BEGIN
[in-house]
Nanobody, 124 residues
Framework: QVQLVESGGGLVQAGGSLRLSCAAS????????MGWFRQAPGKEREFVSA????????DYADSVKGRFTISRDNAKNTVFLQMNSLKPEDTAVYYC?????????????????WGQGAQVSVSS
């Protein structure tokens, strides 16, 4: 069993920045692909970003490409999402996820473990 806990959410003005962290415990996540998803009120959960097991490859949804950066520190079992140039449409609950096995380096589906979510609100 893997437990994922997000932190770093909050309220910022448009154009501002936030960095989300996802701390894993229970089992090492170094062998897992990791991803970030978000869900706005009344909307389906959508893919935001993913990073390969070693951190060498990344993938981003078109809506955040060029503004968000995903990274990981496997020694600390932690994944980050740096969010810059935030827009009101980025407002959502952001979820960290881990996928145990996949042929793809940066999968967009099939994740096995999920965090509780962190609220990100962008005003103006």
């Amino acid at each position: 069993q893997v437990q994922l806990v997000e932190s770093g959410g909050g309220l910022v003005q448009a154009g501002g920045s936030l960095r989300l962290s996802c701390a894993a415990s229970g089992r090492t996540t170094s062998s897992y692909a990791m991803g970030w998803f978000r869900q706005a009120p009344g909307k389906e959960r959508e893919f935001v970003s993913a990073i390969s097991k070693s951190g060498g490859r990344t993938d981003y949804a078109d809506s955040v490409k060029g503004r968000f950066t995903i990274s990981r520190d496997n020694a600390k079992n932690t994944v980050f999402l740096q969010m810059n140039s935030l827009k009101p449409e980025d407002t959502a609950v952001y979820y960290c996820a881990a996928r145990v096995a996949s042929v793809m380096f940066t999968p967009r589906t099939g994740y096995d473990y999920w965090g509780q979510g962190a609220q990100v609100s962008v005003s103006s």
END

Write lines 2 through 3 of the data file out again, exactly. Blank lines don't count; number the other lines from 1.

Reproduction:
Nanobody, 124 residues
Framework: QVQLVESGGGLVQAGGSLRLSCAAS????????MGWFRQAPGKEREFVSA????????DYADSVKGRFTISRDNAKNTVFLQMNSLKPEDTAVYYC?????????????????WGQGAQVSVSS